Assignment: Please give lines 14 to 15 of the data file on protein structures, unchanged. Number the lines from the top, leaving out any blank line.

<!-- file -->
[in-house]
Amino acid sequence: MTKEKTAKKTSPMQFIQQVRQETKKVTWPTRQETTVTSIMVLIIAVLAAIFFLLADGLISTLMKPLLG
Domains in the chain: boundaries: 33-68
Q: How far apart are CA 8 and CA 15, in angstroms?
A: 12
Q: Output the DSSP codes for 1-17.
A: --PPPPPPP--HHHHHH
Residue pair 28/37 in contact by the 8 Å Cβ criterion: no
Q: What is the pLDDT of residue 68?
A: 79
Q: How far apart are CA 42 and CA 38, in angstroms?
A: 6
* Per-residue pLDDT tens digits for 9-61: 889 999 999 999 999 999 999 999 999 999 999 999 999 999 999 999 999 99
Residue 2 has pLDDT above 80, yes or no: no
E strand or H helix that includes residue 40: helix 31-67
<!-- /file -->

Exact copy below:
Residue 2 has pLDDT above 80, yes or no: no
E strand or H helix that includes residue 40: helix 31-67